It probably doesn’t come as much of a shock, but I’ve been making the switch from store-bought, pre-packaged products to homemade and all-natural products in many aspects of my daily living–from making my own natural laundry soap, dish detergent, and household cleaners to using only natural, whole foods and cooking everything from scratch (actually, this may be a shock for those of you that know me personally!) Sure, it may require more work (especially in the cooking department), but I’m saving money and feeling much better about my reducing my impact on the environment.
I’m also making the transition to using more natural products for my horses and other animals. This year, I plan to make my own fly spray. I’ve done this before, but not with natural products. I’ve put together a list of homemade fly spray recipes for horses–and most of them are all-natural.
Skin so Soft Recipe
- 6 caps full of Avon’s Skin so Soft
- 1 cup white vinegar
- a good squirt of Ivory liquid soap
- mix with about 20 ounces of water
Citrus Insect Repellant
- 2 cups light mineral oil
- 1/2 cup lemon juice
- 2 tsp. pure citronella oil
- 2 tsp. eucalyptus essential oil
- 2 tsp. lemon dish soap
Easy Fly Spray
- 4-7 parts water
- 1 part citronella oil
(Above recipes borrowed/ adapted from Moniteau Saddle Club)
Natural Fly Spray (from The Prairie Homestead)
- 1 quart Raw Apple Cider Vinegar
- 1 teaspoon Citronella Essential Oil
Eucalyptus Oil Fly Spray (from The Cowboy Way)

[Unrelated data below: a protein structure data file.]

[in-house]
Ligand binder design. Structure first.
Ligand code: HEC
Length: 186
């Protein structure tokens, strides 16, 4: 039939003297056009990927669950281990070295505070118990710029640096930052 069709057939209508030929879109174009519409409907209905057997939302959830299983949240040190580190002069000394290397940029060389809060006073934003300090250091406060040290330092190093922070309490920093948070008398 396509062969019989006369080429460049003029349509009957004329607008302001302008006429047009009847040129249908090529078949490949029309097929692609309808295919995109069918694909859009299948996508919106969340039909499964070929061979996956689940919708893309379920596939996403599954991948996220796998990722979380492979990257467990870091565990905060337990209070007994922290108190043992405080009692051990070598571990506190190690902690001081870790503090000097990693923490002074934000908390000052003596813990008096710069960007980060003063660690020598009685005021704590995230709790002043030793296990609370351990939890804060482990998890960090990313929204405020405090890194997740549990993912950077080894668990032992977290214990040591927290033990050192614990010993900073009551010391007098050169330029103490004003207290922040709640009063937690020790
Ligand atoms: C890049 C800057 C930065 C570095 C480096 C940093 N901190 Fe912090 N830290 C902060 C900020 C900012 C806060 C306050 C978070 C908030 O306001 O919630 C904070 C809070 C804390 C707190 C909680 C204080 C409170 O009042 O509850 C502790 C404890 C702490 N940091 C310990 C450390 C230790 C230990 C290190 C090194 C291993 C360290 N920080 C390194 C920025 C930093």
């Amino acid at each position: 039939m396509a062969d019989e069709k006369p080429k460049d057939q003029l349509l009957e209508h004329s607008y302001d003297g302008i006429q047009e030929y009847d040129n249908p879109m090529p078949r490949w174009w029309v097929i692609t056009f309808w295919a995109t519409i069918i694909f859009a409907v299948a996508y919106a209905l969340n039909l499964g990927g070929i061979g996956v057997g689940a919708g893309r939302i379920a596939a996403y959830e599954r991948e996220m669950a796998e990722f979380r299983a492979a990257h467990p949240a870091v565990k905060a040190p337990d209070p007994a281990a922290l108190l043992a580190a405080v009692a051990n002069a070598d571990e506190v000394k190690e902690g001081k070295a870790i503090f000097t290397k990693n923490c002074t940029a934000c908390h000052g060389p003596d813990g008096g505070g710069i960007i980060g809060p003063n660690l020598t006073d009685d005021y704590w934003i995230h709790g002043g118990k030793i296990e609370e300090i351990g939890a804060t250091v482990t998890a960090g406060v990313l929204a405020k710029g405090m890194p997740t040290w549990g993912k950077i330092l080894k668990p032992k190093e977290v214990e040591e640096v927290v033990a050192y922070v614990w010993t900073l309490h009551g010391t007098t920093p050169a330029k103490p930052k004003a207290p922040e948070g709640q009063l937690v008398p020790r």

- 2 cups white vinegar
- 1 Tablespoon Eucalyptus oil
- 1 cup water
Dr. Mary Brennan’s Recipe (from EquiSearch)
* An important note about the citronella oil–you need to purchase 100% pure citronella oil from a health food store or online. Do NOT buy citronella oil from hardware or other stores that is meant for lanterns, tiki torches, etc., as it is flammable and not safe to put on your horse’s skin.
Of course, be careful not to spray any of these fly sprays into your horse’s eyes and remember, just because a product is ‘natural’ doesn’t mean your horse can’t have a reaction to it–although it’s much less likely to occur than with products containing chemicals. A fly mask is always a good idea for keeping flies out of horse’s eyes and ears. I tend to use these with my older horses (which the flies seem to bother more.)
If you have your own homemade fly spray for horses that you’ve used with success, please feel free to add it in the comments section.